***Updated 7/13/10: We taught this class tonight to a great group of women from Cruise Holidays and thought it would be good to revisit these recipes as we are now fully emerged into Farmer’s Market season. Hope you are enjoying it as much as I am!!
I am pretty sure that this is my favorite night of the 6 week cooking series called “The Urban Homestead Experiment”. And, yes, it’s vegetables and grains. This class is dedicated to those who are taking a huge step in their journey away from processed foods and signing up for services, such as, Door to Door Organics or a local CSA (Community Support Agriculture).
The concept is this: Each week you are delivered a box of really good quality produce (or meat, in some cases). Depending on what service you actually sign up for, you may or may not have a say in what you get. We subscribe to Door to Door Organics and each week an email is sent out listing the contents of the next week’s box. You have the opportunity to make up to three substitutions plus you can add additional produce or other grocery items for that week’s delivery. I love it. This is really good stuff and so affordable, too. Did I mention it is delivered to your doorstep? It’s not a lot of local produce, but there is some, especially during the summer months. It is all certified organic. A CSA is even better, because you choose the farm you want to support and it’s all local. There are some limitations with this. If you live in Kansas City then you are not going to be getting things like avocados in your delivery. It’s also not year round and generally you cannot substitute. Both have their pros and cons, but both are also far better than shopping at a chain supermarket.
This type of commitment is scary to a lot of people. Why? Because you may end up with produce that you would not ordinarily buy or know what to do with it. I’m telling you, though, to fear not! This is your opportunity to get creative and “wing it”, not just follow a recipe, using all of the produce in your box. That, my friends, is why this is my favorite week. And if you really can’t commit to a delivery service like this (yet) then head out to some of the amazing farmer’s markets in your area. They are popping up all over Kansas City, which is really exciting.
Now onto the food. We make a lot of food in this class. You’ll notice, though, how certain things appear and then reappear in some other form, so you are not starting from scratch with each meal. We are teaching methods more than recipes where anything can be substituted based on what is in your fridge at the moment. This is how I cook everyday. I roast a bunch of vegetables for dinner, my favorite way of cooking vegetables, and put the rest in the fridge. I might make a big pot of quinoa or rice and a pot of beans and, again, leftovers go in the fridge or divided up into zip lock bags in the freezer. Each component is prepared so that it is flavorful enough to stand on it’s own. That’s not usually what happens, though. Things start mingling together in the form of salads, new entrees, or soups. When I do that I layer flavor upon flavor to create complex dishes that would otherwise take you hours to make from start to finish. Simple methods, like roasting vegetables, cooking grains with tons of flavor from a homemade stock, and making vinaigrette’s are the keys to making these new (or old, depending on how you look at it) ways of shopping for food a success. You will bomb at times. We all do. You may hit a wall and conveniently forget about the kumquats sitting in your fridge, begging you to cook them. The more you practice, though, the more you will truly become a great cook – a “healthy” cook! My family actually complains because I never make the same thing twice. And it’s so true. Don’t ask me for a recipe, because God only knows what actually went into it that night!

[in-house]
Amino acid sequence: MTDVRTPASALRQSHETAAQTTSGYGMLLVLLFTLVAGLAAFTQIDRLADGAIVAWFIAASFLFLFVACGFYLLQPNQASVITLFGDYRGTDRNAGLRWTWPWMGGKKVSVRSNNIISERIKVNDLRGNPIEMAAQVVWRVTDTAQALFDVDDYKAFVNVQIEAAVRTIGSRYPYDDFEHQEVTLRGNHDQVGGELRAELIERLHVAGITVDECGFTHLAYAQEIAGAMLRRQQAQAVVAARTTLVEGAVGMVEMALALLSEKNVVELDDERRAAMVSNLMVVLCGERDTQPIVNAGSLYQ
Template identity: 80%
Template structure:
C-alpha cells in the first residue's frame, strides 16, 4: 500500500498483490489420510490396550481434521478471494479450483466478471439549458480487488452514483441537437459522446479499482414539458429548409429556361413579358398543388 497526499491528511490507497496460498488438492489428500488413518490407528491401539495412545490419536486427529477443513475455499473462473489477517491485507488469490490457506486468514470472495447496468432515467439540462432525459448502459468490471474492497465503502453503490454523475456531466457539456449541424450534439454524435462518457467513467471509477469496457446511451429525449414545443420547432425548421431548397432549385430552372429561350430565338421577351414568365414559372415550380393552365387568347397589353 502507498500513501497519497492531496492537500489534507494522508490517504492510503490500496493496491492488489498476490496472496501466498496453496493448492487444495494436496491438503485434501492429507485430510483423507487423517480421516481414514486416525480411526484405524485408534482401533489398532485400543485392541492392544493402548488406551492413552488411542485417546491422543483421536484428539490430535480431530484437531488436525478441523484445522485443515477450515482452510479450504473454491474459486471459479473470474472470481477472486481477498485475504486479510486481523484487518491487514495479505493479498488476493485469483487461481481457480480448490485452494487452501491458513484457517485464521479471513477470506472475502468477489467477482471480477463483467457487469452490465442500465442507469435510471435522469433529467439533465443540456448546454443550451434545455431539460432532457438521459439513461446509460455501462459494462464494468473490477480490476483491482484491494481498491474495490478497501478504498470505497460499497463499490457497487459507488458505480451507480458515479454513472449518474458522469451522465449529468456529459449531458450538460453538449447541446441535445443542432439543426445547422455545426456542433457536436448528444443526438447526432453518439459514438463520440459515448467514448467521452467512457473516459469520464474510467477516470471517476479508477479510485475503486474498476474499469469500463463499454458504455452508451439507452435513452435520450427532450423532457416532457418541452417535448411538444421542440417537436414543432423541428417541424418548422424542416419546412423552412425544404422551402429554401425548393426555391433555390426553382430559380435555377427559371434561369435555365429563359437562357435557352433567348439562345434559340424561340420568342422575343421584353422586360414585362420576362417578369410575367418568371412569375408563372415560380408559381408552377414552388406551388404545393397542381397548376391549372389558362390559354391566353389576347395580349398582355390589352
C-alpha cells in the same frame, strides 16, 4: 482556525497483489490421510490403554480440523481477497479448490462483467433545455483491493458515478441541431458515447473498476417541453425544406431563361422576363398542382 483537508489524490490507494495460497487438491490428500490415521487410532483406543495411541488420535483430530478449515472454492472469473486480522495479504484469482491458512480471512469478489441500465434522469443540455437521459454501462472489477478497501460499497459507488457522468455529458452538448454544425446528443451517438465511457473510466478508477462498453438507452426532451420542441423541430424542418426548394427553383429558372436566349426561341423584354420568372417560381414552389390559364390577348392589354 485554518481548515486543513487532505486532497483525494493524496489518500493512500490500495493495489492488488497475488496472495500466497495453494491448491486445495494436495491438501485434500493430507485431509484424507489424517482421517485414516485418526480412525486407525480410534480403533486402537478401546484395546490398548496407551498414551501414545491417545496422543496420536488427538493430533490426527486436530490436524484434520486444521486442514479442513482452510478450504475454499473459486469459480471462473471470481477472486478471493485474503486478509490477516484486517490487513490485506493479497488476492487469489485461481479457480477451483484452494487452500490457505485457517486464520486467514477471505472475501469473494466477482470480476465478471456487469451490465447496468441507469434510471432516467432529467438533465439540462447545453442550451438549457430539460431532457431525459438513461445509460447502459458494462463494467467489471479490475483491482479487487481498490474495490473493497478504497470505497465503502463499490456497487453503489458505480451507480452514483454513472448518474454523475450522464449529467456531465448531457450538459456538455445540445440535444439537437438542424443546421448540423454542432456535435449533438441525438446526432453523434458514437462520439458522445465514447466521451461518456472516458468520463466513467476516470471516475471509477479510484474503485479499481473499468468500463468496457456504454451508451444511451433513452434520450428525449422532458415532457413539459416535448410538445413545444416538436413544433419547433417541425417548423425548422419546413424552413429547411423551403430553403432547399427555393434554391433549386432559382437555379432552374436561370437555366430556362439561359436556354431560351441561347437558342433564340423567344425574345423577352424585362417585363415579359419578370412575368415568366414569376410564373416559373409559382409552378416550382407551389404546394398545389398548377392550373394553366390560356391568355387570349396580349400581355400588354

So, here are the recipes we made in class this week. Have fun with them and try to think outside your box (ok, bad joke).
Roasted Winter Vegetables
This method can be used for any vegetable or any combination of vegetables. Keep in mind, though, that some vegetables will take longer than others to bake and may need to be baked at different temperatures. Vegetables with more water, such as zucchini, do not take as long to bake and should be baked at 425 to get that good caramelizing. In general, vegetables that are grown within the same season work very well together in terms of temperature and cooking time. The mix below, which are all winter root vegetables, bakes for the same amount of time, same temperature, and should be cut the same size. A summer mix with zucchini, yellow squash, red bell peppers, red onions, and cherry tomatoes will all bake at 425 degrees for around 25 – 30 minutes. If there is any question, set the temperature to 400 to start out with and then raise after 25 minutes if the vegetables are not caramelizing. It is very important to spread the vegetables out into a single layer so that every single piece is touching the pan. If you overcrowd the pan, they will steam instead of roast.
1 butternut squash
2 sweet potatoes
3 medium carrots
3 medium parsnips
2 tablespoons grapeseed oil
Salt and pepper
Preheat oven to 400 degrees. Toss all ingredients together in large bowl and spread out onto a parchment lined baking sheet. Bake 35 – 40 minutes. Carefully stir the vegetables half way through, if necessary.
- Summer: Zucchini, yellow squash, red onion, cherry tomatoes, baby bella mushrooms (425 degrees for 30 – 35 minutes)
- Spring: Asparagus, onion, garlic (425 degrees for 25 minutes)
- Carrots and brussel sprouts – try them together even if you think you hate brussel sprouts! (400 degrees for 30 – 35 minutes)
- Fennel – by itself or with any other vegetable (400 for 35 – 40 minutes)
Beets have a tendency to dry out in the oven, so roasting them unpeeled in a foil pack is the ideal method.
4-5 beets, cleaned and unpeeled
2 tablespoons grapeseed oil
Salt and pepper
Preheat oven to 400 degrees. Cut greens from beets right at the root (leave enough stem so the flesh of the beet is not exposed). Lay one sheet of aluminum foil onto a baking sheet. Toss beets, oil, salt and pepper and rub the oil into the beets to ensure they are completely covered. Place beets onto the foil. Top with another sheet of foil and fold over all edges to make a packet. Bake for 30 minutes or until you can stick a knife through the beets. Allow the beets to cool slightly and remove skin. Use immediately or refrigerate whole.
The method to make a vinaigrette is one part vinegar or acid to three parts oil plus flavorings (in addition to salt and pepper). In my basic recipe, I use champagne vinegar and olive oil, and flavor it with shallots, Dijon mustard, and honey. Use this formula to make any type of vinaigrette you can imagine. Play around with the 3-1 ratio if you prefer more or less oil, as well as, the sweetener to balance out the vinegar. This can also be used as a marinade.